Hydrocolloids have been available for clinical use for over 20 years. They were one of the first dressing types designed to apply the principles of moist wound healing.
Hydrocolloid dressings contain a gel-forming agent that has been applied to a carrier backing, such as a foam or film, to form a wafer that can be directly applied to a wound. The gel-forming agent will vary between products but is likely to include ingredients such as sodium carboxymethyl cellulose or gelatine. A gel is formed when the dressing comes into contact with wound exudate.
Although hydrocolloids are most commonly known as flat dressings, they are also available in a variety of contoured dressings (eg, elbow, sacrum and heel dressings) and as a paste filler. In the last few years, spun hydrocolloid dressings have also appeared on the market. These look very similar to alginates and share similar absorption and exudate management properties. Spun hydrocolloids require a secondary retention dressing -a hydrocolloid sheet is ideal.
Properties of a hydrocolloid
Most hydrocolloids are self-adhesive and impermeable to water vapour. Their occlusive nature means that moisture is retained at the wound bed. However, the dressing will become more and more permeable as gelling occurs, allowing the dressing to manage exudate through evaporation.
A hydrocolloid dressing will provide some degree of absorption of exudate but is unlikely to cope with copious exudate when maceration of the surrounding tissue may occur. Spun hydrocolloids are a more suitable option for managing heavy exudate.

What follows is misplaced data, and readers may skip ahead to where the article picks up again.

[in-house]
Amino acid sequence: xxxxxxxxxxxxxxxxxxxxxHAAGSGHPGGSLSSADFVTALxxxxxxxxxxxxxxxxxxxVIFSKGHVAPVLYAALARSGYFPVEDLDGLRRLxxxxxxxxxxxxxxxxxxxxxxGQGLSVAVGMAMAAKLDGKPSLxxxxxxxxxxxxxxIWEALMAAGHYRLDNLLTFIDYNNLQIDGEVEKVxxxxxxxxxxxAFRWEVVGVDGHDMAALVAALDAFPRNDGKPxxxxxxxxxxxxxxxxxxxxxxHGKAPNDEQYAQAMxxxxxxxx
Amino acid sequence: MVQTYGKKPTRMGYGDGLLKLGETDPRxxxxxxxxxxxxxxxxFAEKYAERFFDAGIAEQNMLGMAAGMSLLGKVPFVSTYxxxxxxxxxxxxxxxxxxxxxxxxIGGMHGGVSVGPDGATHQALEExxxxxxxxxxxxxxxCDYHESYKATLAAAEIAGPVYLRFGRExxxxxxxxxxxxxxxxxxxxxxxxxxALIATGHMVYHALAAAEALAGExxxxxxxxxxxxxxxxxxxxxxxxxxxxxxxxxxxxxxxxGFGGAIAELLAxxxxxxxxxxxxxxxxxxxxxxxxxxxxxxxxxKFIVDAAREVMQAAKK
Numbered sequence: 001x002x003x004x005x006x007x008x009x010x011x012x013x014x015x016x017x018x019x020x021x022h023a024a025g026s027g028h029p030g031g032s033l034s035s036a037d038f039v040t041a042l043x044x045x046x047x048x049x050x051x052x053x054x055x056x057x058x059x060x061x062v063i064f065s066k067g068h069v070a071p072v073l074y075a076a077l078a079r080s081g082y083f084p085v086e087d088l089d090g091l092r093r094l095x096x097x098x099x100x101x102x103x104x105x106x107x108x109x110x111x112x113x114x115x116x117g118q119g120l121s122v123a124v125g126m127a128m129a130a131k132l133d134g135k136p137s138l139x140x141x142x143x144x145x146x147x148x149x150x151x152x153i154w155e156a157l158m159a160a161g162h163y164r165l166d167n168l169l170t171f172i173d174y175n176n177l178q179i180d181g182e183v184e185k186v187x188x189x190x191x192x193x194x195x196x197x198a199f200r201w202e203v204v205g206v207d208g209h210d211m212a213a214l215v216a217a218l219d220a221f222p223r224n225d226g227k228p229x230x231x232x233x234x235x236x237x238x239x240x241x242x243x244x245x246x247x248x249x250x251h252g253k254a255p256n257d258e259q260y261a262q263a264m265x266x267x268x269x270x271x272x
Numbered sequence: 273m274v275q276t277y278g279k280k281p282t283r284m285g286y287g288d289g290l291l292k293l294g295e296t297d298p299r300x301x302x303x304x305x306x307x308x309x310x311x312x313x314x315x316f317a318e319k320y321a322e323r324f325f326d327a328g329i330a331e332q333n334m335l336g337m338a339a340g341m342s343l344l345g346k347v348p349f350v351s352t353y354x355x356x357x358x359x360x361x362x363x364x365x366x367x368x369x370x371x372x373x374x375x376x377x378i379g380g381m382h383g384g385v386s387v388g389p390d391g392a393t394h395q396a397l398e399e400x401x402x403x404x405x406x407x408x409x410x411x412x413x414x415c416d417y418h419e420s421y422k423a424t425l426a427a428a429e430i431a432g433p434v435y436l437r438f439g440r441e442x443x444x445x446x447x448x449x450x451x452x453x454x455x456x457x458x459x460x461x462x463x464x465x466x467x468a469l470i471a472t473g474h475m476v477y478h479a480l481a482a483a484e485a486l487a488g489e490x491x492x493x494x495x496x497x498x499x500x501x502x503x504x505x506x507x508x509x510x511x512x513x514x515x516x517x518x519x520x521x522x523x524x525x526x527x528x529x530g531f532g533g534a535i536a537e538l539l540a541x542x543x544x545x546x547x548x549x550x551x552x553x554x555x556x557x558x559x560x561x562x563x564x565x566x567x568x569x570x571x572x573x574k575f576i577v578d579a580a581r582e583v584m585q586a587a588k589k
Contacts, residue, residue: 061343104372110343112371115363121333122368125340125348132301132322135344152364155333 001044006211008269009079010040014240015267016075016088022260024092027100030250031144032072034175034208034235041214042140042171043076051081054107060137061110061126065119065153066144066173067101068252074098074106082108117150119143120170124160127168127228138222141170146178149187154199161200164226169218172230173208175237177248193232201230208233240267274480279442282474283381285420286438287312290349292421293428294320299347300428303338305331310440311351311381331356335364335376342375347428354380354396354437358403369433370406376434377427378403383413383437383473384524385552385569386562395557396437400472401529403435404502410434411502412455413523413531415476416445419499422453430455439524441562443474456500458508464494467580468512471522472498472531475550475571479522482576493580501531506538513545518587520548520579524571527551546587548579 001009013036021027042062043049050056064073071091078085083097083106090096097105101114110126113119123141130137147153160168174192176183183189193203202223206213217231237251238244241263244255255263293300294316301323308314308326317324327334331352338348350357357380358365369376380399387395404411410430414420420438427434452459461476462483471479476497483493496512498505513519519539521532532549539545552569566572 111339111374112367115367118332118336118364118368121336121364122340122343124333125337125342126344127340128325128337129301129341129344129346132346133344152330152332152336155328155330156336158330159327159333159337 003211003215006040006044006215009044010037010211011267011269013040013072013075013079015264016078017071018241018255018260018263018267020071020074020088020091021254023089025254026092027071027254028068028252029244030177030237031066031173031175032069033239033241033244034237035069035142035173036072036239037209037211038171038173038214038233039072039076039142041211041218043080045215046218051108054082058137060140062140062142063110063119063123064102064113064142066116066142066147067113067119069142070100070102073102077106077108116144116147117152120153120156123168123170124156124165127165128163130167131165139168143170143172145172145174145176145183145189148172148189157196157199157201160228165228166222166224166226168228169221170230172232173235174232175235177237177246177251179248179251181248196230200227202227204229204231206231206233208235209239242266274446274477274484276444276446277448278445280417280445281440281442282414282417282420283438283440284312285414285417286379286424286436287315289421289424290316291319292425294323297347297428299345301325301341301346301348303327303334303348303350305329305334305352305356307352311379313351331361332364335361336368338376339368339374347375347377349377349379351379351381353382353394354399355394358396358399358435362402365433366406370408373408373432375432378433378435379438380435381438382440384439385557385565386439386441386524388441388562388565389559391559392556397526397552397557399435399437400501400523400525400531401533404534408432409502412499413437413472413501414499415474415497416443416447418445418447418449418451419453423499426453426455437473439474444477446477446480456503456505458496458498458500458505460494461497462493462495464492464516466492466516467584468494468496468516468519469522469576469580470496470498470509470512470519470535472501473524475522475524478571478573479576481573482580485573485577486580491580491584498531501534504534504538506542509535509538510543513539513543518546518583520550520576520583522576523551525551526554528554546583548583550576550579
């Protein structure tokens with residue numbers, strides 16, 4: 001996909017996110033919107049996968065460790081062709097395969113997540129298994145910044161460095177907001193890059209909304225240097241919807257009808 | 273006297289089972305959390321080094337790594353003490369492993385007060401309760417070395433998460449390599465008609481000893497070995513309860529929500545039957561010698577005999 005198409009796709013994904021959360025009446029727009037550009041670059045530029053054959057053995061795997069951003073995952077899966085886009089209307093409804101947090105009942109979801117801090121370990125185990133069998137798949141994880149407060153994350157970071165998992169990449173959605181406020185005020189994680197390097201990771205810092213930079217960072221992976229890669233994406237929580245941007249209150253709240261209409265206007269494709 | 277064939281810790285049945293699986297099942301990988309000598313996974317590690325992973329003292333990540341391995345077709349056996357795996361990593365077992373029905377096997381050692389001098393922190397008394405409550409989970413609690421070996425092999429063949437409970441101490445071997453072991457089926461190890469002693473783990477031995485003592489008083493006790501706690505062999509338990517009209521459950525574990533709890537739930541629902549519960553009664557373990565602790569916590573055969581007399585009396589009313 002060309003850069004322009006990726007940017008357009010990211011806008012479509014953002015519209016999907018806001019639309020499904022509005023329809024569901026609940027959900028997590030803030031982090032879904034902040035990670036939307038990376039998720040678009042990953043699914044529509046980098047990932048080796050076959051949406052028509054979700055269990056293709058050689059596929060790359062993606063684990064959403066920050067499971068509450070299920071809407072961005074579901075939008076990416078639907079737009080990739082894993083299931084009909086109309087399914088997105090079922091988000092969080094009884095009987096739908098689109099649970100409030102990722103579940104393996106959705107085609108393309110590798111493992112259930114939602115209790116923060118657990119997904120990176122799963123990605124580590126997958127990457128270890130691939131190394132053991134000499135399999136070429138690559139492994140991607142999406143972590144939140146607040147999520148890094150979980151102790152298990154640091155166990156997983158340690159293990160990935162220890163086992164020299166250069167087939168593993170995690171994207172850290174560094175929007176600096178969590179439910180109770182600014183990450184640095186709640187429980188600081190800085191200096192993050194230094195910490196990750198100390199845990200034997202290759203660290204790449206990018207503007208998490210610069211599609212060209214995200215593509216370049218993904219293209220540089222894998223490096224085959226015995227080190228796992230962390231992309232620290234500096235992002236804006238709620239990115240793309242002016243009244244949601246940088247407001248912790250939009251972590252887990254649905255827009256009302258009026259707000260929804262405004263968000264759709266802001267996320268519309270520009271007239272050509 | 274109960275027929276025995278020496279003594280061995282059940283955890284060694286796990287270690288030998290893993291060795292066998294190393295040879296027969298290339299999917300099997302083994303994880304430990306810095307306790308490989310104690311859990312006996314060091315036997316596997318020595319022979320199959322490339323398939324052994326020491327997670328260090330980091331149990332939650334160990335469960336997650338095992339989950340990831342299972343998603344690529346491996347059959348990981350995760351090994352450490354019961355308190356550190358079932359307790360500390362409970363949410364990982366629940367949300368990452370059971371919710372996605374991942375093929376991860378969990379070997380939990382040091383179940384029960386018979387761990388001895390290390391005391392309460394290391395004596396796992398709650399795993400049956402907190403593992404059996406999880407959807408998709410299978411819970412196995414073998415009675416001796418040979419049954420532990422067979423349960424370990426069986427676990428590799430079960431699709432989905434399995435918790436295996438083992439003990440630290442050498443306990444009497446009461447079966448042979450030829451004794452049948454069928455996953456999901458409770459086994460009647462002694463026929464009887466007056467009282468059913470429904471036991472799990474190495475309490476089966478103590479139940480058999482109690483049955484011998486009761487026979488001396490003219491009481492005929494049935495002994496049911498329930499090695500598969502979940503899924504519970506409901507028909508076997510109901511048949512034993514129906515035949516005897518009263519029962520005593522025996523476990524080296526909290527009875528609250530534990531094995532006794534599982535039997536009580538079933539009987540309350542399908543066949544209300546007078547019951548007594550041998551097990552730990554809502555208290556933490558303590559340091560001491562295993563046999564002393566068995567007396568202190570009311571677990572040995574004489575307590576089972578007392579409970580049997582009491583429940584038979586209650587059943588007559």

Very recently, both flat hydrocolloid sheets and spun hydrocolloids have appeared in antimicrobial versions impregnated with slow-release silver. Silver is a broad spectrum antimicrobial that is believed to be effective in promoting healing in wounds by reducing the bacterial burden.
It is hoped that resistance will be less of an issue with silver than it is with topical antibiotic therapies. However, most companies manufacturing silver-impregnated dressings are currently recommending that silver dressings are usually effective in reducing the bacterial burden and restoring wound bed balance within four weeks. Therefore, for most patients, long-term use of silver is unnecessary and should be avoided on the basis of minimising the risk of resistance and silver toxicity and reducing cost.
Instances of allergic contact dermatitis due to hydrocolloids are reported to be rare.(1) However, irritant contact dermatitis and maceration following inappropriate use is not unusual and may be mistaken for allergic contact dermatitis.
Different types of hydrocolloids
Because different brands use different gelling agents, hydrocolloids will differ between brands. Hydrocolloids are available in a wide variety of flat shapes. They are available with or without bevelled edges and adhesive borders, which increase wear time and comfort. Spun (or fibrous) hydrocolloids are available as both flat sheets and ribbon.
When to use a hydrocolloid
Selecting a dressing requires matching the characteristics of a product to the needs of the patient. Product characteristics will include its ability to conform to the contours of the body, handle fluid and odour, ease of application and removal with the attendant risks of pain and trauma, risk of causing sensitivity reactions and the frequency of dressing changes.
The needs of the patient may include the ability to self-care, shower or bathe, continence issues and sensitivity reactions. It is vital that any underlying conditions (eg, compression therapy for venous leg ulcers) are addressed in conjunction with dressing selection.
Cost-effectiveness should also be considered. However, this does not mean that the cheapest dressing should automatically be selected. The NICE guideline on debriding agents acknowledges that modern dressings, such as hydrocolloids, may reduce pain and be more acceptable to patients.(2) The guideline suggests that the selection of debriding agents should be based on impact on comfort, odour control and total costs, which should include consideration of dressing change frequency. Most hydrocolloid dressings can be left in situ for 3-5 days, and removal is usually pain-free.